This time only three were selected before this pick, yet I still
took Austin as my best bet at the position, passing on some big
names in Larry Fitzgerald and Calvin Johnson. Iím not concerned
with the anointed one (anointed by the fantasy community), Dez Bryant,
cutting into Austinís numbers this year. Bryant is a rookie,
after all. Austin is in a great situation with a solid QB, a respected
running game, and good complimentary receivers. All of this will
help Austin to keep showing us what he showed us last yearóthat
he is one heck of a player.
Note: The Austin pick was made prior to Bryantís injury
in training camp, so even at that point I still considered Austin
a great play for this season regardless of Bryantís status.
Other consideration: Roddy
( Image courtesy of the Cheatsheet
Compiler & Draft Buddy... )
I donít often take a QB this early in the draft, because usually
these top guys are getting drafted earlier than I feel their value
is worth. Well, not this time. Both the RB and WR positions are
getting into the so-so quality range; that is, they might be okay
but Iím not that excited about them in the 3rd round, and no TEs
are off the board yet. Meanwhile, Tony Romo and Tom Brady are making
their way towards me. I could really be a step ahead of the other
teams getting one of these top QB starters here. I may be better
served diversifying a bit by taking Brady instead of my second Cowboy,
but with the drafting of Austin it is clear I think highly of Romo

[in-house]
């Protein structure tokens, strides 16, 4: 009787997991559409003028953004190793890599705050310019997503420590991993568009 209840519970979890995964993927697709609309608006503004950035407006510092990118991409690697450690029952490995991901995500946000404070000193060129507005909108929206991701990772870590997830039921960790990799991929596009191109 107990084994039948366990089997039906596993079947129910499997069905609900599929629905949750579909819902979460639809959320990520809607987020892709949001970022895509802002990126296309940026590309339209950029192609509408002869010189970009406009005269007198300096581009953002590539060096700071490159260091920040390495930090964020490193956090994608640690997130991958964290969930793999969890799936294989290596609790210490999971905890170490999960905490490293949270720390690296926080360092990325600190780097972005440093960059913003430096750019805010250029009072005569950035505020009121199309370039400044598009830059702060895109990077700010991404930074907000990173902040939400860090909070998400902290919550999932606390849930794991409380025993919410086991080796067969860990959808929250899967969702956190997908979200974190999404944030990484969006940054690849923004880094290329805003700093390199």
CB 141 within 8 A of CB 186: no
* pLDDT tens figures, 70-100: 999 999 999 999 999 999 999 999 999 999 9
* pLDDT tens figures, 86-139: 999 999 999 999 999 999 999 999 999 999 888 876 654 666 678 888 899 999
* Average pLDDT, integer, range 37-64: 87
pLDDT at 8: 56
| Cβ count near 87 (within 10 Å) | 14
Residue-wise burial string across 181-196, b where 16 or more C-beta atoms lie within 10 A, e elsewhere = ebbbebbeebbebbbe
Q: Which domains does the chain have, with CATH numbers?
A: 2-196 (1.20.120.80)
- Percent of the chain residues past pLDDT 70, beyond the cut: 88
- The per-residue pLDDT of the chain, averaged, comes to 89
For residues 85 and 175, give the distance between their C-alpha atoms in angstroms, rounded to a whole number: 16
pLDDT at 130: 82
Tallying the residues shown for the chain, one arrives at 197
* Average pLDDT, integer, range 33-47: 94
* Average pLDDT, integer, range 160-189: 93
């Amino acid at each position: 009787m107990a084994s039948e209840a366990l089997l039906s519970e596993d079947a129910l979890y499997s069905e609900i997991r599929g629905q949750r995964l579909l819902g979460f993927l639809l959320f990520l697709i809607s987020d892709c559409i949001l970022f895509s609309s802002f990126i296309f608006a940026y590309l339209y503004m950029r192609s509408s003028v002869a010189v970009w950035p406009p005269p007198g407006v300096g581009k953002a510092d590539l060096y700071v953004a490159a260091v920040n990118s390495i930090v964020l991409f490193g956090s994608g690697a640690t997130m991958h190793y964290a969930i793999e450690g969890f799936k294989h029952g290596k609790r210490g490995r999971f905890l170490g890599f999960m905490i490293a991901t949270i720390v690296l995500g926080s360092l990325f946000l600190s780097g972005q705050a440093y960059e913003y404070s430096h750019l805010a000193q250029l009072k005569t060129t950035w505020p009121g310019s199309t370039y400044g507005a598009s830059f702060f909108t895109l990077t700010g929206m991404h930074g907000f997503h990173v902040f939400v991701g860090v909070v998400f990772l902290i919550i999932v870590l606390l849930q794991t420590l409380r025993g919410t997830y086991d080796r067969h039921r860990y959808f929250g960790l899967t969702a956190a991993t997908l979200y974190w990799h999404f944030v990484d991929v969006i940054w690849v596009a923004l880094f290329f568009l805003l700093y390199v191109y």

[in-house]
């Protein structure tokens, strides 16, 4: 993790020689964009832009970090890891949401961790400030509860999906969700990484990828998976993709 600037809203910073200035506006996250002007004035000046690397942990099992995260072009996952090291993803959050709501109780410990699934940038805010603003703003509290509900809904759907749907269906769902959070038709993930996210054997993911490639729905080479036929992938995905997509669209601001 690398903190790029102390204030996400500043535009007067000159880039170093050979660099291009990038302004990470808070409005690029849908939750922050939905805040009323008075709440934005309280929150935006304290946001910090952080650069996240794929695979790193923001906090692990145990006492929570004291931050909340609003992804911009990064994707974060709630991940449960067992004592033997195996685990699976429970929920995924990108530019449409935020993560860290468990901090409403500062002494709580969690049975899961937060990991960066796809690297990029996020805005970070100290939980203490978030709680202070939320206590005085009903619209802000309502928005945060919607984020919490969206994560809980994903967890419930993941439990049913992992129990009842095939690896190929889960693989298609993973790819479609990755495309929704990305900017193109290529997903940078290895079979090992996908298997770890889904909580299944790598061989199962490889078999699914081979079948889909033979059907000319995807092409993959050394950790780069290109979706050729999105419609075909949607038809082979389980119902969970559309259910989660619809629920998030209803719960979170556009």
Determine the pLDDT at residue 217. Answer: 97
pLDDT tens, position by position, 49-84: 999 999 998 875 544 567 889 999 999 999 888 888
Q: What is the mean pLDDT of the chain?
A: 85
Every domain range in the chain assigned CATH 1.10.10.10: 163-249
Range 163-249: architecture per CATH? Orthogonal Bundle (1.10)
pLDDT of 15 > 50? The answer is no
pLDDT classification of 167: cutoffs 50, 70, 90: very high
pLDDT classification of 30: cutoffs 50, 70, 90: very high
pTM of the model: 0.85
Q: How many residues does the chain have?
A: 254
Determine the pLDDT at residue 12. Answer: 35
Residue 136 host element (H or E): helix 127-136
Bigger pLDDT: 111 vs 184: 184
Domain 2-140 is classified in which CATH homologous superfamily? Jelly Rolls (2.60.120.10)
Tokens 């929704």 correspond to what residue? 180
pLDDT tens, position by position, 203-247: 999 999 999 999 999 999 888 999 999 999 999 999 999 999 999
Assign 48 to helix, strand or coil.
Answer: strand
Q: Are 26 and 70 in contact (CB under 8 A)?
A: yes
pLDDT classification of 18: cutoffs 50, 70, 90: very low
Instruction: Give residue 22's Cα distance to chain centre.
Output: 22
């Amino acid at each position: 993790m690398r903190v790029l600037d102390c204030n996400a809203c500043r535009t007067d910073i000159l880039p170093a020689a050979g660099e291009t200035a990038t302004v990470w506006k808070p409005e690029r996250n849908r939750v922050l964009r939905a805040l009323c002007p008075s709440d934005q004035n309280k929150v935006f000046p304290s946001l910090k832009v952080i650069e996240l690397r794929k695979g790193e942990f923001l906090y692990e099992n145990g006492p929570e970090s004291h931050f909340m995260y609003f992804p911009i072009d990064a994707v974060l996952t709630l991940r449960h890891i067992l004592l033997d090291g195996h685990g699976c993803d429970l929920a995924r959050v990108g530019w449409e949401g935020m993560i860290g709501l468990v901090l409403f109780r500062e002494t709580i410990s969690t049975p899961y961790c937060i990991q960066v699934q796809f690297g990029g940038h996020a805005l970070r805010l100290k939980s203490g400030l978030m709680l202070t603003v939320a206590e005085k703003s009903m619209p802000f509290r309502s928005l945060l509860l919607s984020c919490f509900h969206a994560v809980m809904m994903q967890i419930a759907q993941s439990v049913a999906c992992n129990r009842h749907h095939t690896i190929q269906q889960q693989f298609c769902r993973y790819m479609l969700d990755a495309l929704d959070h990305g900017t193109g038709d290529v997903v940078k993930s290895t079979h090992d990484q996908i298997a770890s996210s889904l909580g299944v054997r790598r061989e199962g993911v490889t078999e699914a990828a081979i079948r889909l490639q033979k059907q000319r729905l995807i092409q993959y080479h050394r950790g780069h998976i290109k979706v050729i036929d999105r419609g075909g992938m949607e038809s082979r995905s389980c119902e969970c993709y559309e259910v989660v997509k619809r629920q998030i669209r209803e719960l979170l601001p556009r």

and expect him to have a great 2010 season.
Other consideration: Tom
People are shy on a repeat performance from Cedric Benson, but Iím
not sure why. I mean, I know he has that terrible history with the
Bears, but it may be the case that he just didnít fit in with
that particular Bears team. Benson had an excellent 2009 campaign
from start to finish, and the Bengals are certainly gearing up as
if last year were no fluke. Theyíve improved the passing game
by adding Terrell Owens as a serious threat opposite Chad Ochocinco,
which should help open up running lanes for Benson. Heís had
some off-season trouble (again), but he is currently in the clear
from that. At this point of the draft Iím happy to take 300+
carries at four yards per.
( Image courtesy of the Cheatsheet
Compiler & Draft Buddy... )
Choo-choo, here comes the hype train. Finley is getting a lot of
love from the fantasy community right now. The question is whether
it is justified or not. Well, he sure looks the part of a premier